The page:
FCC Announces Tribal Workshop
The FCC announced it will hold a workshop on August 20-21 in Billings, Montana designed to provide information that will help Tribal Nations identify and evaluate opportunities to develop more robust broadband, telecommunications, and broadcast infrastructure and services in Tribal communities. It is also designed to provide information about the FCC and how it conducts its regulatory responsibilities, and to encourage Tribal participation in the regulatory process.
The workshop will include:
- Information on the Universal Service Fund programs, including the new Rural Digital Opportunity Fund, and the related Tribal engagement obligation for High Cost Fund recipients.
- An open discussion with participants about their experiences with the Tribal engagement obligation.
- A Tribal Information Technology (IT) panel will discuss deployment of telecommunications services on their lands.
- Information on the transformation of the regulatory framework governing the 2.5 GHz band, which provides opportunities for Tribal Nations in rural areas to gain access to this spectrum.
- Presentations on the FCC’s Tribal Radio Priority, as well as on public safety communications issues of concern to Tribal Nations.
The Regulatory Mix Today: FCC Announces Tribal Workshop, SMART Act Introduced in Senate
SMART Act Introduced In Senate
Senator Josh Hawley (R-Mo.) introduced legislation to curb addictive and deceptive techniques that tech giants use to exploit users. The Social Media Addiction Reduction Technology (SMART) Act would ban certain features that are designed to be addictive, would require choice parity for consent, and would give users the power to monitor their time spent on social media.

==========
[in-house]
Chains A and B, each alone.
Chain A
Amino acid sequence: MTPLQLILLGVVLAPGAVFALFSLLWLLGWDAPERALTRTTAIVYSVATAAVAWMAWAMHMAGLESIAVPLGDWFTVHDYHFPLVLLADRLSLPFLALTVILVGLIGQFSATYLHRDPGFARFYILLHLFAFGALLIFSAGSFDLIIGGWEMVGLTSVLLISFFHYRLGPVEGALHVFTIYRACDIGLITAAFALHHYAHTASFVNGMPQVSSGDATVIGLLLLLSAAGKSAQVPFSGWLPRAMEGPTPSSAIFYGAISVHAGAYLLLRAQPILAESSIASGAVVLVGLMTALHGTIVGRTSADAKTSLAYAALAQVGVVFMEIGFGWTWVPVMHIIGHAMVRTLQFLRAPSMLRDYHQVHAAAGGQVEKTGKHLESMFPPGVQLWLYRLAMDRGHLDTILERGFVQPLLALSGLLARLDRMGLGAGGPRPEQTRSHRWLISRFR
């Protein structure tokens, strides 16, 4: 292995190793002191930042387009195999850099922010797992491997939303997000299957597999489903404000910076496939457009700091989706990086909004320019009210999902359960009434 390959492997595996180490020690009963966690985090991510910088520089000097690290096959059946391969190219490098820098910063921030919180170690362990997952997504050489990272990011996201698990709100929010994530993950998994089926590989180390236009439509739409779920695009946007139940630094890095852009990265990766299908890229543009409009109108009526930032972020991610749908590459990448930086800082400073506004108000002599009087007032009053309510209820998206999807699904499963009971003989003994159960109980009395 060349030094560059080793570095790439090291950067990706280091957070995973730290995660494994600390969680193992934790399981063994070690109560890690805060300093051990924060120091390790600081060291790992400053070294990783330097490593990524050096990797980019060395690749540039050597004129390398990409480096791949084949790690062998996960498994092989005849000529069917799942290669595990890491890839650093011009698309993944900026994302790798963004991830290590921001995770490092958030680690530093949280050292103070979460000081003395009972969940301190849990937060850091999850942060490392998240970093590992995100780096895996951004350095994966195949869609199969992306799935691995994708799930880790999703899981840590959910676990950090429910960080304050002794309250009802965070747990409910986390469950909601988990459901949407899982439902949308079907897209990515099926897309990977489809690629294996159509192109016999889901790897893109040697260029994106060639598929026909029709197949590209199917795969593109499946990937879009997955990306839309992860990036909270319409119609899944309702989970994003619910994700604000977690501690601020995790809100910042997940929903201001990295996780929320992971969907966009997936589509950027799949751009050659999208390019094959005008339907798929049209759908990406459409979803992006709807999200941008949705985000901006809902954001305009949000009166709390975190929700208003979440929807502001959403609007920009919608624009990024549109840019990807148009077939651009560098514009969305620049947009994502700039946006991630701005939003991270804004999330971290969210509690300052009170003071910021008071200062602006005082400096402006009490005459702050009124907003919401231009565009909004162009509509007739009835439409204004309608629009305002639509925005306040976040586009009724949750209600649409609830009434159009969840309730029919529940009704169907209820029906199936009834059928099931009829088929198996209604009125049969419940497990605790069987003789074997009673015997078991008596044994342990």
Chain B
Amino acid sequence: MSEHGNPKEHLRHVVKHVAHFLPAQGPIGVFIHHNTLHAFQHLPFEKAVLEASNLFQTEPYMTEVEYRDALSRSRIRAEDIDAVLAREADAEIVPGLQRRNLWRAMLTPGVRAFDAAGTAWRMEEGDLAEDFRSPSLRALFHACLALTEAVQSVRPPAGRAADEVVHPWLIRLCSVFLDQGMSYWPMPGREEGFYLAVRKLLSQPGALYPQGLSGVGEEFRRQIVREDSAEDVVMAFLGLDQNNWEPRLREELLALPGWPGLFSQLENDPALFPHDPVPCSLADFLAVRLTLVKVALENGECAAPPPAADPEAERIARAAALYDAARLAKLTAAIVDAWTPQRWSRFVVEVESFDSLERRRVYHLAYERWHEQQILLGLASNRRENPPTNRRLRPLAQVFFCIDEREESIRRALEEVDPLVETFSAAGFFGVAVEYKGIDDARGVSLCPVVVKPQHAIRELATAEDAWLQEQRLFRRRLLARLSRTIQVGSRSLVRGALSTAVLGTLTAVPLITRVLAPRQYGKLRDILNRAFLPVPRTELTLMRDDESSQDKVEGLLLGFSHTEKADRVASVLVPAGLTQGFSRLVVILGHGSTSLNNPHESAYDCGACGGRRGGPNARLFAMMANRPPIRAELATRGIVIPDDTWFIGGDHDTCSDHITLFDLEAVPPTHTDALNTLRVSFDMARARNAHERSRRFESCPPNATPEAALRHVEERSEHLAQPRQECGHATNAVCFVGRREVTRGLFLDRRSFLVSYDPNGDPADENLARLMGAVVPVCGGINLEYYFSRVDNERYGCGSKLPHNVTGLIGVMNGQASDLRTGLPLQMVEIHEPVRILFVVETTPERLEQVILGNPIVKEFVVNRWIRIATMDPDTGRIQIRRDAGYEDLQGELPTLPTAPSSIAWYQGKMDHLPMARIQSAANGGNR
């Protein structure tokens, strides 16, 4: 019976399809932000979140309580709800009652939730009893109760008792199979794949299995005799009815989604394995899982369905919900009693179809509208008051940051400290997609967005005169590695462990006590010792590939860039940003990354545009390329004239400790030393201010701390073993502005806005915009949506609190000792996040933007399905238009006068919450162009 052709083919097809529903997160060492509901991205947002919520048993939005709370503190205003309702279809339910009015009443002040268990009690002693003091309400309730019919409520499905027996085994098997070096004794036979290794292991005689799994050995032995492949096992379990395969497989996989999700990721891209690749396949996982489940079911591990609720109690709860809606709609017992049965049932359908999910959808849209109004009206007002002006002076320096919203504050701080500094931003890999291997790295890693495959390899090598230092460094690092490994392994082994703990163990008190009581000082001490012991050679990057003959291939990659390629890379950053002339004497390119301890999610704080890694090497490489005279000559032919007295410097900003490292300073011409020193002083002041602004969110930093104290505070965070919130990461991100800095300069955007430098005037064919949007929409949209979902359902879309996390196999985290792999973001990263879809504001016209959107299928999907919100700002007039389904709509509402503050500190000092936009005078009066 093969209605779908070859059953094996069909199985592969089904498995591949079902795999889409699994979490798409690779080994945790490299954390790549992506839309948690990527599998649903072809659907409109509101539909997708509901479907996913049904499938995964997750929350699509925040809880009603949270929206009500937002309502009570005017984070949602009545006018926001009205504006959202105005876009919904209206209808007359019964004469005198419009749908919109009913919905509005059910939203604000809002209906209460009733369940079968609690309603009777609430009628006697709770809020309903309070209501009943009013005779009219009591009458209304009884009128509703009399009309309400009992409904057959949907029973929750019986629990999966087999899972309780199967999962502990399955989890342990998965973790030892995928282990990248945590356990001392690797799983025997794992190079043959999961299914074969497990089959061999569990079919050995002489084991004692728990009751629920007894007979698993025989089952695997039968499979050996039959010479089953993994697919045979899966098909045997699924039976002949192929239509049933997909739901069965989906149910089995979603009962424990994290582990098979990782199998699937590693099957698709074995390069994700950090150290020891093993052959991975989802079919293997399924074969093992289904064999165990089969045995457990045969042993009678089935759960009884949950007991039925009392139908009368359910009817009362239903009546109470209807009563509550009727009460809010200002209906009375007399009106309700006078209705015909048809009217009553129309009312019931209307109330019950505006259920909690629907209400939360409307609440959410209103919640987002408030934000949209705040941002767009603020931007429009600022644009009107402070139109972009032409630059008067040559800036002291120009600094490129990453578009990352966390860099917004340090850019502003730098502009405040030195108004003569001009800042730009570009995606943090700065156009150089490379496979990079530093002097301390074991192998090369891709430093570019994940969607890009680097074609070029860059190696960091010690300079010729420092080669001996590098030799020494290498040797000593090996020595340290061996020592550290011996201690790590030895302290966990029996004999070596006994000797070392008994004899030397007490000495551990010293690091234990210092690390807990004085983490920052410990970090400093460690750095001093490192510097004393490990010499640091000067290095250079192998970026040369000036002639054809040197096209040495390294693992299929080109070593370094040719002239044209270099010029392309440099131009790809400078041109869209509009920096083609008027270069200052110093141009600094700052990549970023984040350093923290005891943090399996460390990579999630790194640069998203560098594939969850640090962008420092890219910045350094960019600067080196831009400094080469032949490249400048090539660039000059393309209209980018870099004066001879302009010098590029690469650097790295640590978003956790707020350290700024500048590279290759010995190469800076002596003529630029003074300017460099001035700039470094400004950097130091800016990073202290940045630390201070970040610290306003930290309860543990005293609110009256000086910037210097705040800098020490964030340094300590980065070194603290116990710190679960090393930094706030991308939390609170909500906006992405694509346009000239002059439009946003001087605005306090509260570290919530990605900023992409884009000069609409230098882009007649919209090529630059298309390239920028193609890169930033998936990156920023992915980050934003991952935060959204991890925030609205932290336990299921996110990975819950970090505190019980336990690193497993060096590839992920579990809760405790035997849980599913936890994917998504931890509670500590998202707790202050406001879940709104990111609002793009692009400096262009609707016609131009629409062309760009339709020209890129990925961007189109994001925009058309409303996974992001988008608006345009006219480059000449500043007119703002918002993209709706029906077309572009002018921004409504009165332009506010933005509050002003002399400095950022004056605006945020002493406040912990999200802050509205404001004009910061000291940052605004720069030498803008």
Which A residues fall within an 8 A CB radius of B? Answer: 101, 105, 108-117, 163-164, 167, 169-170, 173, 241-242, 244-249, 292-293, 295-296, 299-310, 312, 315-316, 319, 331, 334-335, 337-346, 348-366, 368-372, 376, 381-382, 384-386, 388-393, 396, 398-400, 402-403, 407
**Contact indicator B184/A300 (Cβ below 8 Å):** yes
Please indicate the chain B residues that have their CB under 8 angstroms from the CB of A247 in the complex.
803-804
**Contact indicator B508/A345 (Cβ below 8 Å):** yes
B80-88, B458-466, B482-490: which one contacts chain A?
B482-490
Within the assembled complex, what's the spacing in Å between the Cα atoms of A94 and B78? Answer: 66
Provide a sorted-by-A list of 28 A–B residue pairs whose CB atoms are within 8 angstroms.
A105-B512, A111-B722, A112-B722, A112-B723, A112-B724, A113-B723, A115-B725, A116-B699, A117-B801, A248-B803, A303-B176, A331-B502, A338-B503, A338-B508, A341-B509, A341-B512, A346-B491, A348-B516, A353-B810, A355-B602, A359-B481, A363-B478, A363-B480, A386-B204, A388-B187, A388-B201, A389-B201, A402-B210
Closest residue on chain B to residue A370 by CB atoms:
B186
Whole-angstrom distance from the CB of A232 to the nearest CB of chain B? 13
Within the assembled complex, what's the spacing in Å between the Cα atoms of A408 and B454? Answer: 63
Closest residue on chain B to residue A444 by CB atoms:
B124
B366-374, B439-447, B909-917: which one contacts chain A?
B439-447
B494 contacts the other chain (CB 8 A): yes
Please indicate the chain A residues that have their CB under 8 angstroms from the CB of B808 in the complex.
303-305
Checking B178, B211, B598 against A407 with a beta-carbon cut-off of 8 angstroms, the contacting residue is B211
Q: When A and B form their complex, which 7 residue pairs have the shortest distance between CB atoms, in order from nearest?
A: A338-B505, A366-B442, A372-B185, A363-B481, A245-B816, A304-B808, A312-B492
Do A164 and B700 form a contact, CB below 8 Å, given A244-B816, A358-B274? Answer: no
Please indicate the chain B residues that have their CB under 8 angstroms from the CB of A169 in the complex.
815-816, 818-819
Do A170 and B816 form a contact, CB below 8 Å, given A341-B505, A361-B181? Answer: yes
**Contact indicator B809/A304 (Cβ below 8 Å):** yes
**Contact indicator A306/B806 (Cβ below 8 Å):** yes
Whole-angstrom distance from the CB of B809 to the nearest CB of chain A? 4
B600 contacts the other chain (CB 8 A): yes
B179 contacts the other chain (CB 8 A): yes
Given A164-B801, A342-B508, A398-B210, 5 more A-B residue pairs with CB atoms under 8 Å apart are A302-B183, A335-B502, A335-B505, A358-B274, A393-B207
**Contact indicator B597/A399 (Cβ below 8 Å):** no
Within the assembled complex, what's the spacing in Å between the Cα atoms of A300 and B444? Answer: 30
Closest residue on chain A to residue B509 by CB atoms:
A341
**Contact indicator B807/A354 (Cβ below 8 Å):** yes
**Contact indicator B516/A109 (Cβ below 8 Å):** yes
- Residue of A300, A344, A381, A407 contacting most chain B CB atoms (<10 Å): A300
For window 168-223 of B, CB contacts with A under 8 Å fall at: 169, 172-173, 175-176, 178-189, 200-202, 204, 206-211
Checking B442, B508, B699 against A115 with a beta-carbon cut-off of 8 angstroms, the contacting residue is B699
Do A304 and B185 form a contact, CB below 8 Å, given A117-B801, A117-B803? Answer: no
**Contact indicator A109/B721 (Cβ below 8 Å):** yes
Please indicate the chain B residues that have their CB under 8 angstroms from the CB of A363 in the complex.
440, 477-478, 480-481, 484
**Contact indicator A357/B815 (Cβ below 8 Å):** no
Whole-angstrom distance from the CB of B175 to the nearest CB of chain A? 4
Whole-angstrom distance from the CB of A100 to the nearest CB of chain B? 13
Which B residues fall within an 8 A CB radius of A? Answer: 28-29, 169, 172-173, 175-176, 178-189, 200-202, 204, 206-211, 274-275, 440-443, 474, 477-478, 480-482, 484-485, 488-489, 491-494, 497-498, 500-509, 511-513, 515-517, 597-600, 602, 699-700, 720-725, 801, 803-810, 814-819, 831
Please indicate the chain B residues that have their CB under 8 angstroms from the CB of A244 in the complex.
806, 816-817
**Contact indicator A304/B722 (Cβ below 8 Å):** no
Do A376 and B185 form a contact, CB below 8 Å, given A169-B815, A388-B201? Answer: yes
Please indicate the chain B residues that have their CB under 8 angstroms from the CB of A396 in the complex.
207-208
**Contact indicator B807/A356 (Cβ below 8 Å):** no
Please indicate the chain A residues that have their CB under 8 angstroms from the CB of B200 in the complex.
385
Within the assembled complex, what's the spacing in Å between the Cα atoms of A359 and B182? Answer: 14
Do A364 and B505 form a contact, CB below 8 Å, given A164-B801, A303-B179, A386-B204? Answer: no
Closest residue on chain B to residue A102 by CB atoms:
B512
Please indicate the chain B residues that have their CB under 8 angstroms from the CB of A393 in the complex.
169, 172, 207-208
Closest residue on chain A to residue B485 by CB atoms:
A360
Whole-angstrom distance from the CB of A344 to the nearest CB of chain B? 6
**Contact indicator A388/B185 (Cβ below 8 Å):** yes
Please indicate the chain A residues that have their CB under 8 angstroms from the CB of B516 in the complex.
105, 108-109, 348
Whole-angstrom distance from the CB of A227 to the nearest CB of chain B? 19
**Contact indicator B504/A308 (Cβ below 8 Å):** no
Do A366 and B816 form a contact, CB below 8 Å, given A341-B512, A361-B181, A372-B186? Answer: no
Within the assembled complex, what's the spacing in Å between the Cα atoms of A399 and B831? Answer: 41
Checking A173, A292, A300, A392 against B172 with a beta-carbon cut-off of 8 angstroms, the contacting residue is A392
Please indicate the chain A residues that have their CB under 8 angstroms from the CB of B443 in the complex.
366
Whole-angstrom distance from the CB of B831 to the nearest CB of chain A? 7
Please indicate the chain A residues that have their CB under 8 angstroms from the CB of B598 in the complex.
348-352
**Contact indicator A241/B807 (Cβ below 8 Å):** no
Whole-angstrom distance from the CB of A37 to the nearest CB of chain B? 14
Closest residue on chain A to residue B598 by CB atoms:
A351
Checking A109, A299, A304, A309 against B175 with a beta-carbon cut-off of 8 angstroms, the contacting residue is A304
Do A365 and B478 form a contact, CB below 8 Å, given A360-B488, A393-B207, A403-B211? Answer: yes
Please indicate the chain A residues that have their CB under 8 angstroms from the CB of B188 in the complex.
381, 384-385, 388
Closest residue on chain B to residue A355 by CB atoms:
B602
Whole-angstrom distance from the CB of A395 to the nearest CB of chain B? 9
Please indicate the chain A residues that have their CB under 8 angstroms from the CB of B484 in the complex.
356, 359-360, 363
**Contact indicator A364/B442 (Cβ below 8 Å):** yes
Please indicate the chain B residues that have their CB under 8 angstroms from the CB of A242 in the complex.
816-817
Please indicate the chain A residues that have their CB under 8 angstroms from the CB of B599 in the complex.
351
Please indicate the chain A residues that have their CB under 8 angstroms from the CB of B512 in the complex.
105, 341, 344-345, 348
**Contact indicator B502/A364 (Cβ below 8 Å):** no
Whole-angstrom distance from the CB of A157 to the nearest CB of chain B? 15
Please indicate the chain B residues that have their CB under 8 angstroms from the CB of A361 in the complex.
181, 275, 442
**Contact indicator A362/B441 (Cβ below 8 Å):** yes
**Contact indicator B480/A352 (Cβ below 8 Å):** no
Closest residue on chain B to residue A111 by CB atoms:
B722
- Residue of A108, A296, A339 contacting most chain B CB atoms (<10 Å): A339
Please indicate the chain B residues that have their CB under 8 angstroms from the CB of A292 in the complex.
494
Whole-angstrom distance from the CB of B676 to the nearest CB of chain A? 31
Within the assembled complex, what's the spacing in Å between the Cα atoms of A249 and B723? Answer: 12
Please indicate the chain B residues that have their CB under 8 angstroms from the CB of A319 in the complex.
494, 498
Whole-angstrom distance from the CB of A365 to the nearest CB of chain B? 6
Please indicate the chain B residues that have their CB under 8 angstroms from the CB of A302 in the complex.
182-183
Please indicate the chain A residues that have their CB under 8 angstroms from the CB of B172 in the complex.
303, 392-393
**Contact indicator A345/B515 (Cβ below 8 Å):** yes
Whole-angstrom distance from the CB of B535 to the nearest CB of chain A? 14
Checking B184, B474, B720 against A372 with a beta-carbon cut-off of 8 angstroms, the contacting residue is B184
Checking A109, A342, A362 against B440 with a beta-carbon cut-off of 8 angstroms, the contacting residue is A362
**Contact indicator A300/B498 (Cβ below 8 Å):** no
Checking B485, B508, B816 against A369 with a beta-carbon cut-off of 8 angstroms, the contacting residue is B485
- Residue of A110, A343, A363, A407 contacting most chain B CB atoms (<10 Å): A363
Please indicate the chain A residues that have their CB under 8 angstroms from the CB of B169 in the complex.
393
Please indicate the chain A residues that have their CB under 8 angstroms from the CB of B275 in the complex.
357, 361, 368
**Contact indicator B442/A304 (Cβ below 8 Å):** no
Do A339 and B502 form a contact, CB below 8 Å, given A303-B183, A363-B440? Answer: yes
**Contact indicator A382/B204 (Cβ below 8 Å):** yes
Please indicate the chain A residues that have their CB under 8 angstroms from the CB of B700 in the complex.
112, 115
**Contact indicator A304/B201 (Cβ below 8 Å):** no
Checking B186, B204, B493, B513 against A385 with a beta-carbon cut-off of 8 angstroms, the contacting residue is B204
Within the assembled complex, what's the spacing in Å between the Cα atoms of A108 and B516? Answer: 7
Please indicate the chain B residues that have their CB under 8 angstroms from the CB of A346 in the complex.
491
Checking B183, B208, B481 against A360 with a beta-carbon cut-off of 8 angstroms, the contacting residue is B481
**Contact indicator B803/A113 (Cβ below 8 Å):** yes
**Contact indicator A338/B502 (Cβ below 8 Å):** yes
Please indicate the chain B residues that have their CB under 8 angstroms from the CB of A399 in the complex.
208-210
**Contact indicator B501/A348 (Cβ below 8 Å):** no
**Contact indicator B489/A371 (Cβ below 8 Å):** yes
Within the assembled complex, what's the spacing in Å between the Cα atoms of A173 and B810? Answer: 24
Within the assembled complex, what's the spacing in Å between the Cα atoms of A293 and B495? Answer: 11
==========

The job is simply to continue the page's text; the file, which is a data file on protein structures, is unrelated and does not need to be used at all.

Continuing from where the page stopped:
- Bans infinite scroll, autoplay, and other addictive features on social media that make it difficult to leave a social media platform
- Includes exceptions for music playlists, social media predominantly designed to stream music, and “achievement” badges that substantially increase access to new services or functionality
- Social media platforms would have to include natural stopping points
- Requires choice parity for consent
- Companies would no longer be allowed to manipulate people into consenting by making it difficult to decline consent
- Companies would have to design “accept” and “decline” boxes using the same formats, fonts, and sizes
- Gives the FTC and HHS authority to ban other similar practices
- Rules would expire after 3 years unless ratified by Congress
- Gives users power to monitor and control their use time on social media
- Social media companies must provide an in-app tool that enables users to track the time they spend on social media across all devices and allows users to impose caps on the amount of time they spend.
Senator Hawley said, “Big tech has embraced a business model of addiction. Too much of the ‘innovation’ in this space is designed not to create better products, but to capture more attention by using psychological tricks that make it difficult to look away. This legislation will put an end to that and encourage true innovation by tech companies.”
The Regulatory Mix, Inteserra’s blog of telecom related regulatory activities, is a snapshot of PUC, FCC, legislative, and occasionally court issues that our regulatory monitoring team uncovers each day. Depending on their significance, some items may be the subject of an Inteserra Briefing.